Acyl carrier protein (ACP) plays an essential role inside bacterial multicomponent enzyme systems. Like a little delivery truck, it transports substrates, intermediates, and products among catalytic domains as the enzyme systems biosynthesize natural products. And it uses a phosphopantetheine (Ppant) group as a working “arm” to actually carry out these tasks.
Researchers have now devised a technique that monitors Ppant motions occurring in nanoseconds or picoseconds—orders of magnitude faster than could be detected previously. The study might lead to a better molecular understanding of the workings of ACP-containing enzyme systems such as polyketide synthases, nonribosomal peptide synthases, and fatty acid synthases. That understanding could also make it easier to engineer multienzyme systems to produce customized natural-product-like compounds for drug discovery.
While ACP makes its rounds, the Ppant arm keeps changing shape to interact with individual enzyme units and help protect reactive intermediates from side reactions. The flexibility of the arm and the fleeting nature of its interactions make these motions difficult to detect. NMR and crystallography have been used to study Ppant arm motions, but NMR can’t analyze conformational changes that occur in less than a microsecond, and crystallography gives only static snapshots of arm conformations.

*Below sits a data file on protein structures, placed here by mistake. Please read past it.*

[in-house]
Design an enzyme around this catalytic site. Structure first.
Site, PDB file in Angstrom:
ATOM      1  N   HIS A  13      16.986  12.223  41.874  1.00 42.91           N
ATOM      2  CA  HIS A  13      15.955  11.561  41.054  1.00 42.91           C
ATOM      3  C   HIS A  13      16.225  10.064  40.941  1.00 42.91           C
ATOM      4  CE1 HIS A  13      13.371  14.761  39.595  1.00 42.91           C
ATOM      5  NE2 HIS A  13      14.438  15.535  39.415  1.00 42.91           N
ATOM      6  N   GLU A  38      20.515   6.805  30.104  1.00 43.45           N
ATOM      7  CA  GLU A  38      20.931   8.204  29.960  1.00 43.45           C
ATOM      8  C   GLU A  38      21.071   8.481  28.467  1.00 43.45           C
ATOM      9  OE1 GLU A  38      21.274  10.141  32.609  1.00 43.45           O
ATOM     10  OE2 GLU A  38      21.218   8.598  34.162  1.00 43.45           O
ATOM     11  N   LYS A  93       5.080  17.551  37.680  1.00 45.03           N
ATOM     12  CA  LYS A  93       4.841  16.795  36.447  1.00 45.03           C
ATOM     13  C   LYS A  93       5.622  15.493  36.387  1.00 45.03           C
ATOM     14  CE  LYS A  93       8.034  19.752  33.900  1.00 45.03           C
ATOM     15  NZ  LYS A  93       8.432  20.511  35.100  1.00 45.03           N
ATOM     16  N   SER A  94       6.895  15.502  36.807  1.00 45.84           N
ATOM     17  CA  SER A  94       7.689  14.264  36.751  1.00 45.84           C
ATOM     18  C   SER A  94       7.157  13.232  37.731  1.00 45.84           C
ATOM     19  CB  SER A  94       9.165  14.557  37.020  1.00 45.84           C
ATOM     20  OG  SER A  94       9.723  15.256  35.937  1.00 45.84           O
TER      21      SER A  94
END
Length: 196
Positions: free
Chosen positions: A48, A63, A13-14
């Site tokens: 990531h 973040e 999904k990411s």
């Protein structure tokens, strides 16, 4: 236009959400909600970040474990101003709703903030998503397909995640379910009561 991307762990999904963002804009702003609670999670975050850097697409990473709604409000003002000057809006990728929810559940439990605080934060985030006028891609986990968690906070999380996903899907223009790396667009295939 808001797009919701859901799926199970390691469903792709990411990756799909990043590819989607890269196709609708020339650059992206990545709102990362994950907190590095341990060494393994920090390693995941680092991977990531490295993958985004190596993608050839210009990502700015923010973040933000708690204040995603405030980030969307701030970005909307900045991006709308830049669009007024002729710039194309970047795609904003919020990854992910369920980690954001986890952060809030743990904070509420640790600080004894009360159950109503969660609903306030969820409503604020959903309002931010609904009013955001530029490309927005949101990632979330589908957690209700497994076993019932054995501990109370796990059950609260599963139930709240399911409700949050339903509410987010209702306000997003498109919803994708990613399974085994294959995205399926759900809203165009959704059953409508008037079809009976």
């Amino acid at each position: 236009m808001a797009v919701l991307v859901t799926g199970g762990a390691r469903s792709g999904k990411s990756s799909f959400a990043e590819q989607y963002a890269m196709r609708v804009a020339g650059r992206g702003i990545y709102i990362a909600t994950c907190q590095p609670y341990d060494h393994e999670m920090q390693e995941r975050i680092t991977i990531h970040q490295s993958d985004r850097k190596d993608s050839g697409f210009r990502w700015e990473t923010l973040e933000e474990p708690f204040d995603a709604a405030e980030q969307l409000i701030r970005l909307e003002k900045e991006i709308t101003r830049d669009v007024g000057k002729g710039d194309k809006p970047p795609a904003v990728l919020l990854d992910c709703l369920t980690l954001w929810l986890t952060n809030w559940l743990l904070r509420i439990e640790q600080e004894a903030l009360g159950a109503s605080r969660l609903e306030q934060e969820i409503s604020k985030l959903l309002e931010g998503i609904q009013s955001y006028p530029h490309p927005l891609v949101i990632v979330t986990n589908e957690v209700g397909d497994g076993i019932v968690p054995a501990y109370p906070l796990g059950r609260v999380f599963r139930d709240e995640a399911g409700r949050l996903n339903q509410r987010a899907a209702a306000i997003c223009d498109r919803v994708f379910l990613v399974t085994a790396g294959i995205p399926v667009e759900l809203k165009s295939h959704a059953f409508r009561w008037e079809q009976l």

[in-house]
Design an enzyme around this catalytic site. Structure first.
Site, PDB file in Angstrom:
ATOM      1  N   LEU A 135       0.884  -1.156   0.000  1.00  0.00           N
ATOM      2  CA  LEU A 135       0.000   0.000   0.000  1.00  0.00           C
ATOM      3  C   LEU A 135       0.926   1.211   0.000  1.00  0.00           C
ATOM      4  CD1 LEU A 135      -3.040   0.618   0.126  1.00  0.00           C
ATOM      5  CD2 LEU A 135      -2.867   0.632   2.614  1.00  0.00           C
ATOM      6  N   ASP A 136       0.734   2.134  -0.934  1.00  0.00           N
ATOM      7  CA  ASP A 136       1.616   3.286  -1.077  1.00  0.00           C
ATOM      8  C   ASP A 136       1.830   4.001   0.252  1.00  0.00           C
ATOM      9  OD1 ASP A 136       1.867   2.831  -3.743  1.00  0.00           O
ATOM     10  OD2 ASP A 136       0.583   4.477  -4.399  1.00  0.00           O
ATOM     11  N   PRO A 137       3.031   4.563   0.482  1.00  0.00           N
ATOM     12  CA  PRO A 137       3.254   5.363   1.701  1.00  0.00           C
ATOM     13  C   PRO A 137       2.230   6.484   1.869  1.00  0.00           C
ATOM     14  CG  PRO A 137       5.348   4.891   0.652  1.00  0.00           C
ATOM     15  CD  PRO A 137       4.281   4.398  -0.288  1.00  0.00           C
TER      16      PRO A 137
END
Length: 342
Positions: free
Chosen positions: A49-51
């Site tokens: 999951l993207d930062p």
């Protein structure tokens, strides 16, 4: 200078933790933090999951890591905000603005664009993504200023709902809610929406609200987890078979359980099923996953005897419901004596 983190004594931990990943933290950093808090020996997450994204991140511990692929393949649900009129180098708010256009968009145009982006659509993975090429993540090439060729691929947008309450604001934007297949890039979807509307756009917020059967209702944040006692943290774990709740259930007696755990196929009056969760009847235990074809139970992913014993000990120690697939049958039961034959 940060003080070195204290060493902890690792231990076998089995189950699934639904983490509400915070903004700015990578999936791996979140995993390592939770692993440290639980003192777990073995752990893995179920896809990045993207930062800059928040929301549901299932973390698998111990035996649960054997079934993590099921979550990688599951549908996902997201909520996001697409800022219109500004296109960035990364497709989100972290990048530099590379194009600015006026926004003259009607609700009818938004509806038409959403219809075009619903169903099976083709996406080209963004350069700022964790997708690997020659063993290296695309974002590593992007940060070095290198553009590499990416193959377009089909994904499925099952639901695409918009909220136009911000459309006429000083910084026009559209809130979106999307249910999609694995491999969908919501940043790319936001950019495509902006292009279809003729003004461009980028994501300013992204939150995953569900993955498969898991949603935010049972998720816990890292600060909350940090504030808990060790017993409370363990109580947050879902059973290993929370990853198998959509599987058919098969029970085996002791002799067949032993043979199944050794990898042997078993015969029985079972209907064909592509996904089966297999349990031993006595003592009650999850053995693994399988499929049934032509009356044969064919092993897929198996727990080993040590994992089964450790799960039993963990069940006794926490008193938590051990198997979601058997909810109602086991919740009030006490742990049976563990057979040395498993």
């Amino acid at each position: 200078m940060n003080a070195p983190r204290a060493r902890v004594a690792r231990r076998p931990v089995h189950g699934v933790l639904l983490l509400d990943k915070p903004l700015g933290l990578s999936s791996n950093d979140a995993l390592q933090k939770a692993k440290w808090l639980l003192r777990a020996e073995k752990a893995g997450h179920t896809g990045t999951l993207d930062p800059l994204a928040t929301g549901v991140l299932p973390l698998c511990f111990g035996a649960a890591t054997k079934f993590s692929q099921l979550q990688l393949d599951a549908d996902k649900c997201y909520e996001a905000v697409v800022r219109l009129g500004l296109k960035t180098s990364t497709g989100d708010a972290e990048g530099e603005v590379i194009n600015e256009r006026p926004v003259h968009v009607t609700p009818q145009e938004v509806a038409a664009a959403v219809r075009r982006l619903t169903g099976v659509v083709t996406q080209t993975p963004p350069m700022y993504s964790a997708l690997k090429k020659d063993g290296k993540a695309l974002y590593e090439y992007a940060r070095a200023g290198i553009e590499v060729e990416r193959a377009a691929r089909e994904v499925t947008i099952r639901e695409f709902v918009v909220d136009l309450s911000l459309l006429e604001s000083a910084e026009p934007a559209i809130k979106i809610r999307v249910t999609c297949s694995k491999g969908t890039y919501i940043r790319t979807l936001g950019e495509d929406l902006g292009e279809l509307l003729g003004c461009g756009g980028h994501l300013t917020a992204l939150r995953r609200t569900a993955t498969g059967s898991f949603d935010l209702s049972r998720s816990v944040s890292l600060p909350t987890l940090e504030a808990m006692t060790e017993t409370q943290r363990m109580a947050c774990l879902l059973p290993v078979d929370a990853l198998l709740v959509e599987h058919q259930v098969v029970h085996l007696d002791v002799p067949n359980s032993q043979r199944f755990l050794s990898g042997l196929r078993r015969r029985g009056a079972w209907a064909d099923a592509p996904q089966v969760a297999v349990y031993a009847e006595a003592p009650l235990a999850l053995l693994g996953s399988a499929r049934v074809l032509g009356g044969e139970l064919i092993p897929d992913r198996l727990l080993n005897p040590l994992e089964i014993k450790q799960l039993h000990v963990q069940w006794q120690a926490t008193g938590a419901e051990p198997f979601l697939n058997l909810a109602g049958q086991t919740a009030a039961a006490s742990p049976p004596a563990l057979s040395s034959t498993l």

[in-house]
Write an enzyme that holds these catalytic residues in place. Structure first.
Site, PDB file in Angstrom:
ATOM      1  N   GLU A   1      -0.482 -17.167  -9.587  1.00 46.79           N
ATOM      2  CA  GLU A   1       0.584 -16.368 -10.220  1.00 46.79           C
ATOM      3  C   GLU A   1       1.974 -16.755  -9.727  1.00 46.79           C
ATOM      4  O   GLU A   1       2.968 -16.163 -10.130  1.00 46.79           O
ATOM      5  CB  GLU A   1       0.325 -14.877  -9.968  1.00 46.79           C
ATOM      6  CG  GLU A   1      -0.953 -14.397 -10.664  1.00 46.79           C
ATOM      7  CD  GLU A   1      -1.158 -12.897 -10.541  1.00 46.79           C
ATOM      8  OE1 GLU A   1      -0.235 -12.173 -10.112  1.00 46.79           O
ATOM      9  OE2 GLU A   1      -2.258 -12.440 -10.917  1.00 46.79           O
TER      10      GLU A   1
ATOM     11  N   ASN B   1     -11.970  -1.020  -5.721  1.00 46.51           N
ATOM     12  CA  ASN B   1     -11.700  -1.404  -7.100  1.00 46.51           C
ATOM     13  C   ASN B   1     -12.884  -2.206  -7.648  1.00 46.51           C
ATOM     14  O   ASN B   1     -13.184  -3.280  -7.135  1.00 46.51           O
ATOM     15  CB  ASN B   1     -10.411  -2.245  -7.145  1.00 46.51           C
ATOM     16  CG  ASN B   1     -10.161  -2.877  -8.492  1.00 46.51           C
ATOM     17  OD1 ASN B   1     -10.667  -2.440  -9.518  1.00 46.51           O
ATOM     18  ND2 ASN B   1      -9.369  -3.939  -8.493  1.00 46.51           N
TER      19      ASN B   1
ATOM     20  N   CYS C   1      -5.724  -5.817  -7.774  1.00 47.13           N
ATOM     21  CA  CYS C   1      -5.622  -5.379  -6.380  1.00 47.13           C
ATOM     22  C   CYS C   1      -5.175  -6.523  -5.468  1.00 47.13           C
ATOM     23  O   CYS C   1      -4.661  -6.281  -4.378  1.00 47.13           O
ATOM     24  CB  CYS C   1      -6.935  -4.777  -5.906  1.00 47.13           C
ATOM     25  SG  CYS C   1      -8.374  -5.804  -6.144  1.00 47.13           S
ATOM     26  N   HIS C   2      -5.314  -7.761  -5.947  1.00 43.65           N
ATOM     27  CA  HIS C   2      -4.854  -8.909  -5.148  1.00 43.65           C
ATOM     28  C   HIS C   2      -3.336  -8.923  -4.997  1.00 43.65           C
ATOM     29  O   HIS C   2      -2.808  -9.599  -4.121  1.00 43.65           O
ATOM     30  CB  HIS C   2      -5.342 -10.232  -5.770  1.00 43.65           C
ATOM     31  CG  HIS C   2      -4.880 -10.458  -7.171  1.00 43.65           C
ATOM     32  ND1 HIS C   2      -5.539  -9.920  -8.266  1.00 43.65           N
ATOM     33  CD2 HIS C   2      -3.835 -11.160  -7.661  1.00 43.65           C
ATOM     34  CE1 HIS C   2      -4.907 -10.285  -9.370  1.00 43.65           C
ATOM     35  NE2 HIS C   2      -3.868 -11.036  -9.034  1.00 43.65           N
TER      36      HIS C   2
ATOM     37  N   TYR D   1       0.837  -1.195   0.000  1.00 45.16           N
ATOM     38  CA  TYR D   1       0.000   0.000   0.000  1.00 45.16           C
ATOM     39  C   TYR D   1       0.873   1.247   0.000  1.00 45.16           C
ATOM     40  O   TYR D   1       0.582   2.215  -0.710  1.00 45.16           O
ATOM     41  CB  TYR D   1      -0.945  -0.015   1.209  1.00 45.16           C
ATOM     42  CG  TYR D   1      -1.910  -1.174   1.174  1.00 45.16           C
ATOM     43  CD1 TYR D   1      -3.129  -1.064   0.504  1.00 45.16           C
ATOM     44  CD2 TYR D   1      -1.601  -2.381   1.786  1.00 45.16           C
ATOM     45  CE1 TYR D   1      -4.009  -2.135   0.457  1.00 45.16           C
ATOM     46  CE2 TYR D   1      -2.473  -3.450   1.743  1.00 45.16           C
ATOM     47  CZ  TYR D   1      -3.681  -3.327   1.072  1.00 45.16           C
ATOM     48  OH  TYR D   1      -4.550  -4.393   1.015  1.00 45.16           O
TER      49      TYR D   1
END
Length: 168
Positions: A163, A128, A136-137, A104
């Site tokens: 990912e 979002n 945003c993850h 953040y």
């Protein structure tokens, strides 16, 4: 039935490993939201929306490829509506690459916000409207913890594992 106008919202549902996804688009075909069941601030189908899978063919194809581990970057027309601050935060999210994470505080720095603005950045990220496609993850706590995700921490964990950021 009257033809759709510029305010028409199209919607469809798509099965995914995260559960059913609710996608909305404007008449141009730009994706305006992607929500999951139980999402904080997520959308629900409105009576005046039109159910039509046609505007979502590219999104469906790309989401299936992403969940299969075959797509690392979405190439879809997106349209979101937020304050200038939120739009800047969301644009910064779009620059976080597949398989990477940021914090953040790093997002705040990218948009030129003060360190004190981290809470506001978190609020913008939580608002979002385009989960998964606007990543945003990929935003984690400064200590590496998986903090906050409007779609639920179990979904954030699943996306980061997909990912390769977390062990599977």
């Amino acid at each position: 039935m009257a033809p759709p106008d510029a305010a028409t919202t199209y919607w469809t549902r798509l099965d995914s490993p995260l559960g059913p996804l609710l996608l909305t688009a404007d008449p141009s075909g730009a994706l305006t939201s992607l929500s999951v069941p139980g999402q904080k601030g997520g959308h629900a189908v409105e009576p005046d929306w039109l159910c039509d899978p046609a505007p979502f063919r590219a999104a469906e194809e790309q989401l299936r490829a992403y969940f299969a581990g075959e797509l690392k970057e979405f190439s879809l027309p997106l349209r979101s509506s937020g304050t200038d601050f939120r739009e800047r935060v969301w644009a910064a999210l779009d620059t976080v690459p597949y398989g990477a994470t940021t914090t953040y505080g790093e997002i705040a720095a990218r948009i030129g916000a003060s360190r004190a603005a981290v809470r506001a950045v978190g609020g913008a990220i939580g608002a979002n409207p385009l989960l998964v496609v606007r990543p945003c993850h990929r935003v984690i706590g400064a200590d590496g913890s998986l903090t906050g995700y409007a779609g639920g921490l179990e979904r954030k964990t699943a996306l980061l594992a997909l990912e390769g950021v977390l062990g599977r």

Undergraduate Matthew N. R. Johnson and chemistry professors Casey H. Londergan and Louise K. Charkoudian at Haverford College, in Pennsylvania, now report that installing a thiocyanate group on the end of the Ppant arm makes it possible to use infrared spectroscopy to analyze high-speed arm motions (J. Am. Chem. Soc. 2014, DOI: 10.1021/ja505442h). The technique follows the dynamics of the Ppant arm by monitoring vibrations of the thiocyanate’s nitrile bond.
“Sample preparation is quite easy, and not a lot of protein is required,” Charkoudian says. She and her coworkers used the technique to confirm a key part of the mechanism of 6-deoxyerythronolide B synthase for the first time experimentally.
“This is an innovative approach that transcends the traditional techniques such as protein NMR and crystallography for detecting the highly mobile Ppant arm in action,” comments polyketide biosynthesis expert Shiou-Chuan (Sheryl) Tsai of the University of California, Irvine.
“This cleverly designed experiment takes advantage of the sensitivity of the nitrile stretching vibration to its immediate environment and uses it to report on protein conformational changes that are important for function,” says mechanistic spectroscopist Feng Gai of the University of Pennsylvania. “It nicely demonstrates the power of combining a site-specific vibrational probe and infrared spectroscopy to yield mechanistic insights into enzymatic reactions.”